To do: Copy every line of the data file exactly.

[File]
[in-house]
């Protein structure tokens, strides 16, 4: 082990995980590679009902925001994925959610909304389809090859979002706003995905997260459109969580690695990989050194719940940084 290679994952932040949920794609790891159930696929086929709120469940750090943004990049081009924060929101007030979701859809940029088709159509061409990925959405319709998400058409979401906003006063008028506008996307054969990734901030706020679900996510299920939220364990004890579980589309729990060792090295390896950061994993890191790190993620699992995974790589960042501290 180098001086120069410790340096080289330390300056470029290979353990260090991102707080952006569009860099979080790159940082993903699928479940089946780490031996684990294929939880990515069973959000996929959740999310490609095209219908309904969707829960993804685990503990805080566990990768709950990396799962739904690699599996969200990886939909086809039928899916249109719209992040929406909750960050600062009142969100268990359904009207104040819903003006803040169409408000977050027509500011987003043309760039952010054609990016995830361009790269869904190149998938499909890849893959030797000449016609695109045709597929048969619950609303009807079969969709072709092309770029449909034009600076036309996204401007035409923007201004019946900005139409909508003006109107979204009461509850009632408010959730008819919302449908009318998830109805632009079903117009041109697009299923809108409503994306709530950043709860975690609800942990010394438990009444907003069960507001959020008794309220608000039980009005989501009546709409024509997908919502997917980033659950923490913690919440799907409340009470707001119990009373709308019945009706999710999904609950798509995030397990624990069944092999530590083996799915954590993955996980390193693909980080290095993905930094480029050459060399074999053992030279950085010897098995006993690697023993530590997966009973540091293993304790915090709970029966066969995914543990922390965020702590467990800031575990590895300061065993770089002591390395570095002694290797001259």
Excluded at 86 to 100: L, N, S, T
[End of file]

[in-house]
């Protein structure tokens, strides 16, 4: 082990995980590679009902925001994925959610909304389809090859979002706003995905997260459109969580690695990989050194719940940084 290679994952932040949920794609790891159930696929086929709120469940750090943004990049081009924060929101007030979701859809940029088709159509061409990925959405319709998400058409979401906003006063008028506008996307054969990734901030706020679900996510299920939220364990004890579980589309729990060792090295390896950061994993890191790190993620699992995974790589960042501290 180098001086120069410790340096080289330390300056470029290979353990260090991102707080952006569009860099979080790159940082993903699928479940089946780490031996684990294929939880990515069973959000996929959740999310490609095209219908309904969707829960993804685990503990805080566990990768709950990396799962739904690699599996969200990886939909086809039928899916249109719209992040929406909750960050600062009142969100268990359904009207104040819903003006803040169409408000977050027509500011987003043309760039952010054609990016995830361009790269869904190149998938499909890849893959030797000449016609695109045709597929048969619950609303009807079969969709072709092309770029449909034009600076036309996204401007035409923007201004019946900005139409909508003006109107979204009461509850009632408010959730008819919302449908009318998830109805632009079903117009041109697009299923809108409503994306709530950043709860975690609800942990010394438990009444907003069960507001959020008794309220608000039980009005989501009546709409024509997908919502997917980033659950923490913690919440799907409340009470707001119990009373709308019945009706999710999904609950798509995030397990624990069944092999530590083996799915954590993955996980390193693909980080290095993905930094480029050459060399074999053992030279950085010897098995006993690697023993530590997966009973540091293993304790915090709970029966066969995914543990922390965020702590467990800031575990590895300061065993770089002591390395570095002694290797001259």
Excluded at 86 to 100: L, N, S, T